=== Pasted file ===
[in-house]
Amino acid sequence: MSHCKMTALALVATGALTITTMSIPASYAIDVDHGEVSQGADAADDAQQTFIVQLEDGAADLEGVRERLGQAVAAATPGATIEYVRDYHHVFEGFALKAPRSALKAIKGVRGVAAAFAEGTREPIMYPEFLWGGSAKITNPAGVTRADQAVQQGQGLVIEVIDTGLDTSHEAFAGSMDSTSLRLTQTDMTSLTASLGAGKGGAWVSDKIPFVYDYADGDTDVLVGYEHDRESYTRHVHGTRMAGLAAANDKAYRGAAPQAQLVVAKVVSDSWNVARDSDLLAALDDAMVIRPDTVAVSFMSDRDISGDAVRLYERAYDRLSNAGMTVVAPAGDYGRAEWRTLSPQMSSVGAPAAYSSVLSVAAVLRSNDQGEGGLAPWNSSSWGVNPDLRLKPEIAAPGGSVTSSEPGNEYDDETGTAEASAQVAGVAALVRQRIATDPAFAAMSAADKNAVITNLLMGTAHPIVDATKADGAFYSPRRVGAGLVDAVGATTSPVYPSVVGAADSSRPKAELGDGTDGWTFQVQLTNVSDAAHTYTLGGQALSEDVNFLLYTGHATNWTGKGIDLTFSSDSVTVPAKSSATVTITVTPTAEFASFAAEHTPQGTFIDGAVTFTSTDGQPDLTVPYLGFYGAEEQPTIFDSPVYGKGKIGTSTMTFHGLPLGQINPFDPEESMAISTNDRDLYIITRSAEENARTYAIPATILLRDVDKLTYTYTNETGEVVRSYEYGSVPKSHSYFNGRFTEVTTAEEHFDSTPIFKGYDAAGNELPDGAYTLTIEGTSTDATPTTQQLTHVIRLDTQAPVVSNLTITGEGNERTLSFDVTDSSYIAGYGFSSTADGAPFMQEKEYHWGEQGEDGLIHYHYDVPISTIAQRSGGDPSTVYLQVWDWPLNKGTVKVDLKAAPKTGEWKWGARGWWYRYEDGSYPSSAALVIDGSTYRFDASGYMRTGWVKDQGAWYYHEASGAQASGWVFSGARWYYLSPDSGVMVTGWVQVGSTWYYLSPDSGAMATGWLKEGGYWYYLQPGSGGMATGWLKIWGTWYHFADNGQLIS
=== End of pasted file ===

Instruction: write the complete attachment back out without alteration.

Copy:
[in-house]
Amino acid sequence: MSHCKMTALALVATGALTITTMSIPASYAIDVDHGEVSQGADAADDAQQTFIVQLEDGAADLEGVRERLGQAVAAATPGATIEYVRDYHHVFEGFALKAPRSALKAIKGVRGVAAAFAEGTREPIMYPEFLWGGSAKITNPAGVTRADQAVQQGQGLVIEVIDTGLDTSHEAFAGSMDSTSLRLTQTDMTSLTASLGAGKGGAWVSDKIPFVYDYADGDTDVLVGYEHDRESYTRHVHGTRMAGLAAANDKAYRGAAPQAQLVVAKVVSDSWNVARDSDLLAALDDAMVIRPDTVAVSFMSDRDISGDAVRLYERAYDRLSNAGMTVVAPAGDYGRAEWRTLSPQMSSVGAPAAYSSVLSVAAVLRSNDQGEGGLAPWNSSSWGVNPDLRLKPEIAAPGGSVTSSEPGNEYDDETGTAEASAQVAGVAALVRQRIATDPAFAAMSAADKNAVITNLLMGTAHPIVDATKADGAFYSPRRVGAGLVDAVGATTSPVYPSVVGAADSSRPKAELGDGTDGWTFQVQLTNVSDAAHTYTLGGQALSEDVNFLLYTGHATNWTGKGIDLTFSSDSVTVPAKSSATVTITVTPTAEFASFAAEHTPQGTFIDGAVTFTSTDGQPDLTVPYLGFYGAEEQPTIFDSPVYGKGKIGTSTMTFHGLPLGQINPFDPEESMAISTNDRDLYIITRSAEENARTYAIPATILLRDVDKLTYTYTNETGEVVRSYEYGSVPKSHSYFNGRFTEVTTAEEHFDSTPIFKGYDAAGNELPDGAYTLTIEGTSTDATPTTQQLTHVIRLDTQAPVVSNLTITGEGNERTLSFDVTDSSYIAGYGFSSTADGAPFMQEKEYHWGEQGEDGLIHYHYDVPISTIAQRSGGDPSTVYLQVWDWPLNKGTVKVDLKAAPKTGEWKWGARGWWYRYEDGSYPSSAALVIDGSTYRFDASGYMRTGWVKDQGAWYYHEASGAQASGWVFSGARWYYLSPDSGVMVTGWVQVGSTWYYLSPDSGAMATGWLKEGGYWYYLQPGSGGMATGWLKIWGTWYHFADNGQLIS